Netanyahu says Israel 'preparing' Gaza ground war
Prime Minister Benjamin Netanyahu said Wednesday that Israel is readying a ground war in Gaza, pressing ahead with plans that have troubled allies and threaten to worsen an already cascading humanitarian crisis.
Facing ever-louder international calls to temper Israel's ferocious 19-day bombing campaign in the Hamas-controlled territory, Netanyahu delivered a nationally televised address.
He told fellow Israelis still grieving and angry after Hamas's bloody attacks: "We are in the midst of a campaign for our existence", while insisting Israel will decide how the war is prosecuted.
On October 7, throngs of Hamas gunmen poured from Gaza into Israel, killing 1,400 people, mostly civilians, and kidnapping 222 more, according to official tallies.
US President Joe Biden is among the foreign leaders stepping up public calls for Israel to "protect innocent civilians" and to follow the "laws of war" as it pursues Hamas targets.
Thousands of Gazans are already believed to have died in Israel's aerial assault, with the toll expected to rise substantially if tens of thousands of Israeli troops massed around Gaza move in.
Biden on Wednesday said he had privately suggested Israel should get hostages out if possible before any ground invasion.
"It's their decision, but I did not demand it", Biden said, as he called on Congress to allocate more money for Israeli defence.
Speaking in Cairo, French President Emmanuel Macron warned: "A massive intervention that would put civilian lives at risk would be an error."
But boasting of "raining down hellfire on Hamas" and killing "thousands of terrorists", Netanyahu said his war cabinet and the military would determine the timing of a "ground offensive" to "eliminate Hamas" and "bring our captives home."
"I will not detail when, how or how many," he said.
'It's a massacre'
Gaza's Hamas-controlled health ministry puts the number of Palestinian deaths at 6,500, including many children and 700 people killed in a single 24-hour window this week.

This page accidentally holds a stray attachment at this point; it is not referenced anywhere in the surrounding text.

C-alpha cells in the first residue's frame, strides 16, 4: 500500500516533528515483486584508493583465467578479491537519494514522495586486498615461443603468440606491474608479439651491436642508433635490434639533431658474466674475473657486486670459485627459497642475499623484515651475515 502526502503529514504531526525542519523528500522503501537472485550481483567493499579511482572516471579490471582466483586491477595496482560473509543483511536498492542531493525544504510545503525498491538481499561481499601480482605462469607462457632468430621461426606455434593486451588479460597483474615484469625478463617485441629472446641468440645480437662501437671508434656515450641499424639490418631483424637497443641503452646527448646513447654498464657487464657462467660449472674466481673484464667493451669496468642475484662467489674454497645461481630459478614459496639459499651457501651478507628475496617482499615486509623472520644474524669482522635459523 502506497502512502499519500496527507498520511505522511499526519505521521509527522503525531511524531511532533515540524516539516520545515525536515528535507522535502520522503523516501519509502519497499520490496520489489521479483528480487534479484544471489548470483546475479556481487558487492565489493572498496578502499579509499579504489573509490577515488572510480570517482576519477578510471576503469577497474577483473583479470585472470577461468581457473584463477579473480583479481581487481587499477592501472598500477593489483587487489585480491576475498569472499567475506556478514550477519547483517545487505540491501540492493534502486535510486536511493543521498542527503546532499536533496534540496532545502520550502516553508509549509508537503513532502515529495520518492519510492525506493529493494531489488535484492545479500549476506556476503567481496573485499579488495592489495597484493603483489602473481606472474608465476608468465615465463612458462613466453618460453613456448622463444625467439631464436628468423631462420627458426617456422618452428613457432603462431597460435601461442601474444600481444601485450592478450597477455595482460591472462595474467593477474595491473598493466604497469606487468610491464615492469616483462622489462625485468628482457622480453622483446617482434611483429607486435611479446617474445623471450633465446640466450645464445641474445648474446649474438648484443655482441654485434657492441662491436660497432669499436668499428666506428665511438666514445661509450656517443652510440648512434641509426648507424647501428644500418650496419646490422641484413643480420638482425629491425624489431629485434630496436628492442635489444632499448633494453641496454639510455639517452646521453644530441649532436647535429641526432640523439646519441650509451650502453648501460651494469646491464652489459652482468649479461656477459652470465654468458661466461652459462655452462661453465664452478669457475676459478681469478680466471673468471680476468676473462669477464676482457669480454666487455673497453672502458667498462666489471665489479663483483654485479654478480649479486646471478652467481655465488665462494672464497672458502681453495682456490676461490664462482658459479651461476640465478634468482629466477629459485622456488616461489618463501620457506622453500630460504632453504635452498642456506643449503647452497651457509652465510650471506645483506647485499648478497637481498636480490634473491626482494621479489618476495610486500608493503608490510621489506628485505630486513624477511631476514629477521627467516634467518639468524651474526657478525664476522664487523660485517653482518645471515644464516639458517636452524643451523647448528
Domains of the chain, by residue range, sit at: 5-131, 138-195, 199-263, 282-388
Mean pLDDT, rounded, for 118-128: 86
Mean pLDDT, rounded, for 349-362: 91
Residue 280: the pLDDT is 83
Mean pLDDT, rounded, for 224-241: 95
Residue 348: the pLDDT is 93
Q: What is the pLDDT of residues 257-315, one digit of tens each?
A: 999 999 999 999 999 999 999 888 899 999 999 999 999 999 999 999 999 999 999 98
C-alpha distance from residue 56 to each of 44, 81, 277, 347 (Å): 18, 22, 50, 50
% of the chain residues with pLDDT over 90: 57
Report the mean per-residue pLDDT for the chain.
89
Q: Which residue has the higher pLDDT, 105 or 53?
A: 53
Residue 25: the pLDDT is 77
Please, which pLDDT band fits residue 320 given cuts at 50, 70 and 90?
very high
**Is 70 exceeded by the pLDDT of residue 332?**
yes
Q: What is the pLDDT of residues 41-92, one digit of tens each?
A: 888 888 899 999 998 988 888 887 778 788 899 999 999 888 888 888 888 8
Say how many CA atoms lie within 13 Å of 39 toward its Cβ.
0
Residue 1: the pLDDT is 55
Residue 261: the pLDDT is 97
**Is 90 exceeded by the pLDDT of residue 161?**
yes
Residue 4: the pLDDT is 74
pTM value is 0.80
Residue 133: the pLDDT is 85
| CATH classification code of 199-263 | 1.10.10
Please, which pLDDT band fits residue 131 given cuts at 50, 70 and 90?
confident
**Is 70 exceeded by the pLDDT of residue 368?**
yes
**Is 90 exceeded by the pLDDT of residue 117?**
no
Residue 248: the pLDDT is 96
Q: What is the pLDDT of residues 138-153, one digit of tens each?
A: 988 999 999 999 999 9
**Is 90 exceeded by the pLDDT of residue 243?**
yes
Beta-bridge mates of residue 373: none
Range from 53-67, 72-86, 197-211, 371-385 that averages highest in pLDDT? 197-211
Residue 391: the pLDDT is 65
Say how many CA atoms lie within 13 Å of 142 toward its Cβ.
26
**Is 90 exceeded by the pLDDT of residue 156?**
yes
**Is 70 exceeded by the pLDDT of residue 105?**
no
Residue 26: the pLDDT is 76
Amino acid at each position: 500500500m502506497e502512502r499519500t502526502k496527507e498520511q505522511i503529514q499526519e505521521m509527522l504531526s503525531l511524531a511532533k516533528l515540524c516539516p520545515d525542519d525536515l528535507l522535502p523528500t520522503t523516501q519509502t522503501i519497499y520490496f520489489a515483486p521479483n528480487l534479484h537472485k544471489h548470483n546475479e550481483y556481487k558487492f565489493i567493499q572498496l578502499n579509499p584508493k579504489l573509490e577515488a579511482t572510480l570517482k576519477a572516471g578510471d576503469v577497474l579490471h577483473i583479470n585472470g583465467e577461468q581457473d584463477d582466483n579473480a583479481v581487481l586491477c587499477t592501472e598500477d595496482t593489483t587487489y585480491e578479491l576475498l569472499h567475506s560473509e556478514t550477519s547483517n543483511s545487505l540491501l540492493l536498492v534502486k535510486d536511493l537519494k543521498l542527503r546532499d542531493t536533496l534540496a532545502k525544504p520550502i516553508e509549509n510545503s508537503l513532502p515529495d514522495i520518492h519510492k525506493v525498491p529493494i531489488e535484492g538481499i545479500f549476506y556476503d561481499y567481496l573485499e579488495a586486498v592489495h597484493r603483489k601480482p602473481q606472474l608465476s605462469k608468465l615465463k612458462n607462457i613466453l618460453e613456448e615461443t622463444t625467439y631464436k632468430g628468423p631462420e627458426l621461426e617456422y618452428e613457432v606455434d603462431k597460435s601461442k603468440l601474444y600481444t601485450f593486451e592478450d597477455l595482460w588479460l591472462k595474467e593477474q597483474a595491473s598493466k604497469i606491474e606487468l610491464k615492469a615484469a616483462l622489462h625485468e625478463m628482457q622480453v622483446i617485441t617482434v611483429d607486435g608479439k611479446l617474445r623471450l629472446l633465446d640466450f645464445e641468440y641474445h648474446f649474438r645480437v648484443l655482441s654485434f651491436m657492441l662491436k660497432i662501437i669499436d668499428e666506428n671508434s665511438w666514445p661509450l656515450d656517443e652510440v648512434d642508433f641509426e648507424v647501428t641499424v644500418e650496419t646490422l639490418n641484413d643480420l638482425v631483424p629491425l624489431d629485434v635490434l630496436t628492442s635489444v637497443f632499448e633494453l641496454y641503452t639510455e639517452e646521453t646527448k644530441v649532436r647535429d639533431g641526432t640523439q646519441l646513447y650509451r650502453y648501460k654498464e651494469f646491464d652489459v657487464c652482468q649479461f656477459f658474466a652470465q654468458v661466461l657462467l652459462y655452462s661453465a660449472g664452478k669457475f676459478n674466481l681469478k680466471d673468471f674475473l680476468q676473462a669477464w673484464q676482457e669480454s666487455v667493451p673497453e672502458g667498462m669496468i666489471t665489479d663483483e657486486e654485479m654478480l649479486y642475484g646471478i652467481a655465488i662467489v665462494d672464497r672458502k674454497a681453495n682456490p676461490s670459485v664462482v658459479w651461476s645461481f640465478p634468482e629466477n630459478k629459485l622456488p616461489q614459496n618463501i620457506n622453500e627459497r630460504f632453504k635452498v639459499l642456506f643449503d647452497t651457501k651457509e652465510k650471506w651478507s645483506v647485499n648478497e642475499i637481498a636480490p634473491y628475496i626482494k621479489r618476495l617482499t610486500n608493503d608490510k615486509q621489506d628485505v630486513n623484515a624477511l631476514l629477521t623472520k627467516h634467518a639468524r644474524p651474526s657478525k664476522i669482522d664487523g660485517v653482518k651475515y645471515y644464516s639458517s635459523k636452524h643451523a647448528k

AFP could not independently verify the ministry's claims, and US President Biden has stated he has "no confidence" in the Hamas ministry figures.
While the exact toll from the war in Gaza is unclear, the depth of the suffering is not in question.
Entire neighbourhoods have been razed, overflowing hospitals carry out procedures without anaesthetic, and residents have been forced to use ice cream trucks as makeshift morgues.
"They're not waging war on Hamas, they're waging war on children," raged Abu Ali Zaarab, after his family home was bombed in the southern town of Rafah. "It's a massacre."
About 1.4 million people -- more than half the population -- have been displaced, according to the United Nations.
The UN says 12 of the territory's 35 hospitals have closed due to damage or insufficient fuel, and a key UN aid agency serving almost 600,000 Palestinians "began to significantly reduce its operations."
Israel has cut off Gaza's normal supply corridors for water, food and other necessities, and fewer than 70 relief trucks have entered the impoverished territory since the war began.
None contained fuel, which Israel fears Hamas will use for rockets and explosives.
Aid agencies have warned that more people will die if medical equipment, water desalination plants and ambulances stop operating because of a lack of fuel.
Once the generators stop, hospitals will "turn into morgues", the Red Cross has warned. Hospitals are also struggling with a shortage of medicines and equipment.
"There's not enough anaesthetic," said Ahmad Abdul Hadi, an orthopaedic surgeon working at Nasser hospital in Khan Yunis.
"The wounded are in severe pain but we can't wait for the procedure, so we're forced to do the operation. We performed a number of surgeries without anaesthetic. It's tough and painful, but with the lack of resources, what can we do?"
A regional 'explosion'
The war has sparked fears of a regional conflagration if it draws in more of Israel's enemies.
Since October 7, Israel has launched thousands of reprisal strikes in Gaza, but it has also hit targets in Lebanon and Syria.
Late Wednesday, Lebanon-based Hezbollah fired what Israel said was a surface-to-air missile at an Israeli drone.
Israel's military said it had intercepted the missile and "struck the source of the launch" in retaliation.
Hamas, Hezbollah and Syria's government are backed by Iran, which denies Israel's right to exist.
Tehran's top diplomat on Wednesday accused Israel of carrying out "genocide" in Gaza.
Jordan's King Abdullah became the latest leader to warn that ongoing violence could "lead to an explosion" in the region.
His wife Queen Rania accused Western leaders of a "glaring double standard" for not condemning Israel's killing of Palestinian civilians in its bombardment of Gaza.
Violence has also risen sharply in the occupied West Bank, where health officials said more than 100 Palestinians had been killed, mostly in raids by Israeli troops or in clashes with Israeli settlers.